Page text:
Each time it receives an email, an email client (Gmail, Outlook, Yahoo ...) will evaluate this email and assign it a spam-score index based on a list of defined criteria. The higher the rating, the more it will consider the email to be spam.
There are a number of tools available for calculating the spam score of an email. As a project manager in a web development agency, I regularly need to calculate this score to make sure that automatic emails from a website do not end up in spam. For this, I use Mail Tester which fulfills the simple need of calculating the deliverability index of an email based on the most important criteria.
Note: the score provided by Mail Tester is the deliverability index, so it is inversely proportional to the spam score mentioned above.
Mail Tester is very easy to use. When you land on its home page, it directly provides you with a random email address. All you have to do is send the automatic email you want to evaluate there.
In most well-built web platforms, automatic emails have a common look (header, footer, etc.) in which you simply insert content that varies from one email to another. So testing any automated email is enough to identify global issues.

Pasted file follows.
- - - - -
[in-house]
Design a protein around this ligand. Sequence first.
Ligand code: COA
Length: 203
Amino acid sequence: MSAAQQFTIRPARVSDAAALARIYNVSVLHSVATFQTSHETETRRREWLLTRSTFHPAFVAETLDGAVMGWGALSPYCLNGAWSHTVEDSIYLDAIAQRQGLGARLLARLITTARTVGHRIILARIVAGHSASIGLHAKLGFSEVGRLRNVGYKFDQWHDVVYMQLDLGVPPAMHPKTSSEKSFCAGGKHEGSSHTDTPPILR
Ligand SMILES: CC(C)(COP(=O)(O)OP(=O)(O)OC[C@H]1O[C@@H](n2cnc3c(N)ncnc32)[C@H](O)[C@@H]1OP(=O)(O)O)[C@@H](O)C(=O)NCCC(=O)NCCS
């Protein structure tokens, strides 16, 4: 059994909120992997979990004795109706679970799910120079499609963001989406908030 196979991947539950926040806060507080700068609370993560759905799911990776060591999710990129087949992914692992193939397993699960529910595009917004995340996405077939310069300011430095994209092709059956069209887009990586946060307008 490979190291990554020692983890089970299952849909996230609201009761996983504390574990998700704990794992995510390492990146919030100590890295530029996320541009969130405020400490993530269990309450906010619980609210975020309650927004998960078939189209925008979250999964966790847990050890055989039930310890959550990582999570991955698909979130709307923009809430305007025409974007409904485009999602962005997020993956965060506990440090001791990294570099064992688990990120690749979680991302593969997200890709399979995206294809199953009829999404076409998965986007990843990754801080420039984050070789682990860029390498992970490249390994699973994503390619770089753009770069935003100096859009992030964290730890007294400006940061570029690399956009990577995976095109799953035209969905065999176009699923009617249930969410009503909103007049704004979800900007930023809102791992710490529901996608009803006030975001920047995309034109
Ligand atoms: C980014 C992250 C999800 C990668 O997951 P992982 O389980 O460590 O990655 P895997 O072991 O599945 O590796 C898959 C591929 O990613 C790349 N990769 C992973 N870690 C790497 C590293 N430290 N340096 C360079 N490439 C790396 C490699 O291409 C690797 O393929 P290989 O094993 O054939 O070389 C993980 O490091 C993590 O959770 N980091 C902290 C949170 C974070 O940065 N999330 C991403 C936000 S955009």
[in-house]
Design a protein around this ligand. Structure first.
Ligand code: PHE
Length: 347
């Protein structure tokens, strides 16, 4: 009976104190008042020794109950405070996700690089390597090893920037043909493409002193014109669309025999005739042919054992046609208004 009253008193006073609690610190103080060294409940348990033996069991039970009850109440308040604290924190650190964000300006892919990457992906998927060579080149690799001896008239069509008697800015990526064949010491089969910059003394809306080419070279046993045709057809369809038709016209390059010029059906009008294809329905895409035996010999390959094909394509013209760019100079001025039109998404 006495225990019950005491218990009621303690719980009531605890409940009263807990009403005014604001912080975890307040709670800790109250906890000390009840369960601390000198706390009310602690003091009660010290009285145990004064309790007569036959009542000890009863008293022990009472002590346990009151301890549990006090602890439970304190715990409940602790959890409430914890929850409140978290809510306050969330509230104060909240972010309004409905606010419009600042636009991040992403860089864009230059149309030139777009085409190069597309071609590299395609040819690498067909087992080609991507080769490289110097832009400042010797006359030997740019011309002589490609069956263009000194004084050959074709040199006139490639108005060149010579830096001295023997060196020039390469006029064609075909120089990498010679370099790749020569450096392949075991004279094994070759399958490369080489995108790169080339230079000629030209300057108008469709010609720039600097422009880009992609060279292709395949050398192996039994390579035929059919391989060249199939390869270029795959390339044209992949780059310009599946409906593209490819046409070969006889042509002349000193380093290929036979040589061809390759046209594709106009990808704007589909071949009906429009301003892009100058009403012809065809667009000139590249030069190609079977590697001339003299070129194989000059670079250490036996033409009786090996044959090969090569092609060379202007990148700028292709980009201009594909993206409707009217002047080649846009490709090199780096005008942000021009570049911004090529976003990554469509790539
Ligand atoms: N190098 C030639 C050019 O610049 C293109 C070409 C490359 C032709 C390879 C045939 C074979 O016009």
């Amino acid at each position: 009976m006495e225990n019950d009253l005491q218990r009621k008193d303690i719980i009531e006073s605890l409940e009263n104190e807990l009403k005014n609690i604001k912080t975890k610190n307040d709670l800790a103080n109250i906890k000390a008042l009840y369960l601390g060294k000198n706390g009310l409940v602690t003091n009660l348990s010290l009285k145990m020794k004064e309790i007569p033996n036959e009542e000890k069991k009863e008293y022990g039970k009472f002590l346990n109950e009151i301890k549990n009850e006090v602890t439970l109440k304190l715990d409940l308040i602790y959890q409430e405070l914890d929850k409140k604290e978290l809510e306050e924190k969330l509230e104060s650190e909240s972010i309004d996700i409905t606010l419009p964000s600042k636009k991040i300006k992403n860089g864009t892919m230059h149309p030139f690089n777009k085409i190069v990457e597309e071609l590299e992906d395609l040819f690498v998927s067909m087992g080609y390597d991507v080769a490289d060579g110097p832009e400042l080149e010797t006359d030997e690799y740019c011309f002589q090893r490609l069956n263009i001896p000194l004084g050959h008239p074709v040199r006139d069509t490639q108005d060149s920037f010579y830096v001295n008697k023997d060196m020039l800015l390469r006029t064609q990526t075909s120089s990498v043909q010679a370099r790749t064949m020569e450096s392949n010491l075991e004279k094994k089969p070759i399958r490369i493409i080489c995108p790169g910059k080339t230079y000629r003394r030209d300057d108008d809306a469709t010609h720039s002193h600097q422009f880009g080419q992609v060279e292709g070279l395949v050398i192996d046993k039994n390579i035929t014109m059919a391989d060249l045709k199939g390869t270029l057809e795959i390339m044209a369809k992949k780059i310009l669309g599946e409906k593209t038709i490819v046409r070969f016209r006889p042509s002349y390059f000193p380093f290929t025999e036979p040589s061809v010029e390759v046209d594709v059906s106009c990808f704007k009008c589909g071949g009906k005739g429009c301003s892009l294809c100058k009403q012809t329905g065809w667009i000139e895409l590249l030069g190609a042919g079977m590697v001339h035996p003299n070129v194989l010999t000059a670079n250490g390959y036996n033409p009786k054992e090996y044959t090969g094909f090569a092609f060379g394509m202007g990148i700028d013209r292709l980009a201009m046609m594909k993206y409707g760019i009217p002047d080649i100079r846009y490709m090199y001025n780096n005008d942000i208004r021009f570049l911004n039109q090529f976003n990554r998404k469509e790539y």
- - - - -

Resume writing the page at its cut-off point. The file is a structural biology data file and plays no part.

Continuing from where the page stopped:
TIPS: I create an account on the platform or application I want to test by entering the email provided by Mail-tester and then I trigger a password reset email.
In the example above, the score is quite high, so the email is unlikely to end up in spam. Generally speaking, if your grade is between 9 and 10, you probably don't need to change anything. However, if everything was still going well then I would not have written this article so I will continue to list common issues.
Check the DNS signature of your emails
Anyone (with a computer with an internet connection and computer literacy) can send an email using any sender email address, even if it is not theirs. In order to reduce the risk of phishing, email clients verify the authenticity of an email with 3 signatures provided at the DSN level (in other words, the configuration of the domain name used):
I will not go further in the technical explanations because it is not relevant for this article but if you want to deepen you will find documentation by following the links above.
The main providers of SMTP servers (SendinBlue, Mailjet, Mailchimp, Sendgrid, AWS SES ...) provide everything you need to configure them.
Below are tutorials for major vendors:
Configure SPF, DKIM and DMARC for SendinBlue
Configure SPF, DKIM and DMARC for Mailjet
Configure SPF, DKIM and DMARC for Mailchimp
Configure SPF, DKIM, and DMARC for AWS SES
Configure SPF, DKIM and DMARC for Sendgrid